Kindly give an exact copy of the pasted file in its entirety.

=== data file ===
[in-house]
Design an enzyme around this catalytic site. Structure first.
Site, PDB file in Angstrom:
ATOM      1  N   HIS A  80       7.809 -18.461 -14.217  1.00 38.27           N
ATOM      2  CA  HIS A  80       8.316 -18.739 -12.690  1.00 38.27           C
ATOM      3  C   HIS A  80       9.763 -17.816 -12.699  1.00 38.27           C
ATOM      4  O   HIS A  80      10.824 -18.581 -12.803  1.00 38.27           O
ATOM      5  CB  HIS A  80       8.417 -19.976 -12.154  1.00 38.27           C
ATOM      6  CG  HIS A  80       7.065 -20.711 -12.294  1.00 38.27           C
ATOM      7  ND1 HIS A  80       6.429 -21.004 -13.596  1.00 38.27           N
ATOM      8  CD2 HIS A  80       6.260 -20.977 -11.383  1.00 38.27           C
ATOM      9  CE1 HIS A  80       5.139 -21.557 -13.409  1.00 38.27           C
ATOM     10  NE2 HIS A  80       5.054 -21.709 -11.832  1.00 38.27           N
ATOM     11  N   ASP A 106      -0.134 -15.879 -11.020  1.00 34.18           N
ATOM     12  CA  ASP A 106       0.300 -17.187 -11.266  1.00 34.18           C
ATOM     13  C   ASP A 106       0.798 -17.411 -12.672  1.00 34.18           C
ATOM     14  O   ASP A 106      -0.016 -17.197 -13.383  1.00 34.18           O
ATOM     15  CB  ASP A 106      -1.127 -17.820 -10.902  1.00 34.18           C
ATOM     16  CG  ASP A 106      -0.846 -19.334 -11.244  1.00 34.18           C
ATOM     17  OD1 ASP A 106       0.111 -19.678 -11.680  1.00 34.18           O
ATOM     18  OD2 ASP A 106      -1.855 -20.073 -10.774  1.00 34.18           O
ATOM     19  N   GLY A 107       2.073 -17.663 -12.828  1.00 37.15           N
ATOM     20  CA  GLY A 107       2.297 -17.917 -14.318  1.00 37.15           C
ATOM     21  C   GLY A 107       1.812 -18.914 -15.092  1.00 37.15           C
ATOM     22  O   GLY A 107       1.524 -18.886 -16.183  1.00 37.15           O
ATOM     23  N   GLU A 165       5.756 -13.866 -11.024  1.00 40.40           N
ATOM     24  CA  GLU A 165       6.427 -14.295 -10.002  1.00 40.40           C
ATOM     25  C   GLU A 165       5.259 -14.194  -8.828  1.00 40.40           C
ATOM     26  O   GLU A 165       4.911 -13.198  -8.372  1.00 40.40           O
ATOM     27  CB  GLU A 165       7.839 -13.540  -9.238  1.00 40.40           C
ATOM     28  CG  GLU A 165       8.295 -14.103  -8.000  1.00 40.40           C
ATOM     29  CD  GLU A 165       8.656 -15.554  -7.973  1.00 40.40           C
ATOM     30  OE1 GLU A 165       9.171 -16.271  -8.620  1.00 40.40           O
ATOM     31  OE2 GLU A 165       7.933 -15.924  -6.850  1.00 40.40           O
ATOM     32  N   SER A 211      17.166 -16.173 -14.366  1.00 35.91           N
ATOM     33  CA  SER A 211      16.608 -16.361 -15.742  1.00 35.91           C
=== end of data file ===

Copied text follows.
[in-house]
Design an enzyme around this catalytic site. Structure first.
Site, PDB file in Angstrom:
ATOM      1  N   HIS A  80       7.809 -18.461 -14.217  1.00 38.27           N
ATOM      2  CA  HIS A  80       8.316 -18.739 -12.690  1.00 38.27           C
ATOM      3  C   HIS A  80       9.763 -17.816 -12.699  1.00 38.27           C
ATOM      4  O   HIS A  80      10.824 -18.581 -12.803  1.00 38.27           O
ATOM      5  CB  HIS A  80       8.417 -19.976 -12.154  1.00 38.27           C
ATOM      6  CG  HIS A  80       7.065 -20.711 -12.294  1.00 38.27           C
ATOM      7  ND1 HIS A  80       6.429 -21.004 -13.596  1.00 38.27           N
ATOM      8  CD2 HIS A  80       6.260 -20.977 -11.383  1.00 38.27           C
ATOM      9  CE1 HIS A  80       5.139 -21.557 -13.409  1.00 38.27           C
ATOM     10  NE2 HIS A  80       5.054 -21.709 -11.832  1.00 38.27           N
ATOM     11  N   ASP A 106      -0.134 -15.879 -11.020  1.00 34.18           N
ATOM     12  CA  ASP A 106       0.300 -17.187 -11.266  1.00 34.18           C
ATOM     13  C   ASP A 106       0.798 -17.411 -12.672  1.00 34.18           C
ATOM     14  O   ASP A 106      -0.016 -17.197 -13.383  1.00 34.18           O
ATOM     15  CB  ASP A 106      -1.127 -17.820 -10.902  1.00 34.18           C
ATOM     16  CG  ASP A 106      -0.846 -19.334 -11.244  1.00 34.18           C
ATOM     17  OD1 ASP A 106       0.111 -19.678 -11.680  1.00 34.18           O
ATOM     18  OD2 ASP A 106      -1.855 -20.073 -10.774  1.00 34.18           O
ATOM     19  N   GLY A 107       2.073 -17.663 -12.828  1.00 37.15           N
ATOM     20  CA  GLY A 107       2.297 -17.917 -14.318  1.00 37.15           C
ATOM     21  C   GLY A 107       1.812 -18.914 -15.092  1.00 37.15           C
ATOM     22  O   GLY A 107       1.524 -18.886 -16.183  1.00 37.15           O
ATOM     23  N   GLU A 165       5.756 -13.866 -11.024  1.00 40.40           N
ATOM     24  CA  GLU A 165       6.427 -14.295 -10.002  1.00 40.40           C
ATOM     25  C   GLU A 165       5.259 -14.194  -8.828  1.00 40.40           C
ATOM     26  O   GLU A 165       4.911 -13.198  -8.372  1.00 40.40           O
ATOM     27  CB  GLU A 165       7.839 -13.540  -9.238  1.00 40.40           C
ATOM     28  CG  GLU A 165       8.295 -14.103  -8.000  1.00 40.40           C
ATOM     29  CD  GLU A 165       8.656 -15.554  -7.973  1.00 40.40           C
ATOM     30  OE1 GLU A 165       9.171 -16.271  -8.620  1.00 40.40           O
ATOM     31  OE2 GLU A 165       7.933 -15.924  -6.850  1.00 40.40           O
ATOM     32  N   SER A 211      17.166 -16.173 -14.366  1.00 35.91           N
ATOM     33  CA  SER A 211      16.608 -16.361 -15.742  1.00 35.91           C